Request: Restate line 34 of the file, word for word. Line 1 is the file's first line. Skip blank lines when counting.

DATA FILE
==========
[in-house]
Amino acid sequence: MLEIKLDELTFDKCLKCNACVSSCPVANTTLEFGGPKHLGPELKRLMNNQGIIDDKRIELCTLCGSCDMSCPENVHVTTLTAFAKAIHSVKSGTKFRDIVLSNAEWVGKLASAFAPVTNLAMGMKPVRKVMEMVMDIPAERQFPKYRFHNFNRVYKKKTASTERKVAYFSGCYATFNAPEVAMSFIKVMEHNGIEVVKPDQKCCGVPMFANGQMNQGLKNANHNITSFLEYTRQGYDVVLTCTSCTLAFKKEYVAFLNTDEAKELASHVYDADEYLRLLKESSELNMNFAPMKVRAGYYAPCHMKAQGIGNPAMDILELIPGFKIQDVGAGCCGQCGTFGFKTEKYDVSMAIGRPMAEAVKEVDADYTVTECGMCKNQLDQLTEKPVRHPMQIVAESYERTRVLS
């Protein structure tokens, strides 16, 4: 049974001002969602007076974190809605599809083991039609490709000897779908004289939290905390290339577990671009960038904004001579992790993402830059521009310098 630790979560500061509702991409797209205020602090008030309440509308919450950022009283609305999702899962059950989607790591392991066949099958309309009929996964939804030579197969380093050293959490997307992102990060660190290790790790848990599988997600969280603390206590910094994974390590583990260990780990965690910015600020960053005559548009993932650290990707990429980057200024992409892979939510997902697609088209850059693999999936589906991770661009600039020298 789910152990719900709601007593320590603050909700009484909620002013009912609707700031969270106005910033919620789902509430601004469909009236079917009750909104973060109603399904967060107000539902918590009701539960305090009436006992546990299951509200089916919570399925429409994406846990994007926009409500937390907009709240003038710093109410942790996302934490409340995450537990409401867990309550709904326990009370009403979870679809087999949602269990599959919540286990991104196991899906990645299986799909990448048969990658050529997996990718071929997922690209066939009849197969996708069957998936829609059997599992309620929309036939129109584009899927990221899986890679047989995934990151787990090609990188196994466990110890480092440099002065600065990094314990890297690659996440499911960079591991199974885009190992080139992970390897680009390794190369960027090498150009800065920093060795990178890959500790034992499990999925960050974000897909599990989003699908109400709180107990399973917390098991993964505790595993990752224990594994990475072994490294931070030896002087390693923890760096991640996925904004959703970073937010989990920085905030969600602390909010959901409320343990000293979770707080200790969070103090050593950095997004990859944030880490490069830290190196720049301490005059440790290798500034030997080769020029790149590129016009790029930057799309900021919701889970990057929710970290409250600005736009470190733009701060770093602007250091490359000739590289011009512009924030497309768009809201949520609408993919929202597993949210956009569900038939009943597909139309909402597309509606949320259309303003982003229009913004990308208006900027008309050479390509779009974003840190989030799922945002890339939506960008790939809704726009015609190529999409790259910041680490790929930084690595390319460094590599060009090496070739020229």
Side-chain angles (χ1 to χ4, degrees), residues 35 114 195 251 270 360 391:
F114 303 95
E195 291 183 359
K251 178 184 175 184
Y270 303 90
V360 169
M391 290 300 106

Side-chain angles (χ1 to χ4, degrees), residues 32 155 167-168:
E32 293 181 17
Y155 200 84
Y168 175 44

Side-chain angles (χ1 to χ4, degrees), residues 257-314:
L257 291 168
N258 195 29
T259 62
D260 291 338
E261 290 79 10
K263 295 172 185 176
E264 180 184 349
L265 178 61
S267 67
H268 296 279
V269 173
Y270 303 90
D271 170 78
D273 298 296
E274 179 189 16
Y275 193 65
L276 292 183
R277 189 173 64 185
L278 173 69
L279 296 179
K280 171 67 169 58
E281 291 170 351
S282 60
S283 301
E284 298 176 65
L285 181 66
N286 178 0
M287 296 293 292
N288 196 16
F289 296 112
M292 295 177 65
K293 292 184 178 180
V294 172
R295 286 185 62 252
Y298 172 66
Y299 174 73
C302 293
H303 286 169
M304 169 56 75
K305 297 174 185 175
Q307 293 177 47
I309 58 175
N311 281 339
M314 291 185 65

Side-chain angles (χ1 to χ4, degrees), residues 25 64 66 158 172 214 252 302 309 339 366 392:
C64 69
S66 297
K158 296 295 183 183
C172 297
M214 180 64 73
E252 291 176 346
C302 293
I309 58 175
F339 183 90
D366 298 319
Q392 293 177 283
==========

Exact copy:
L278 173 69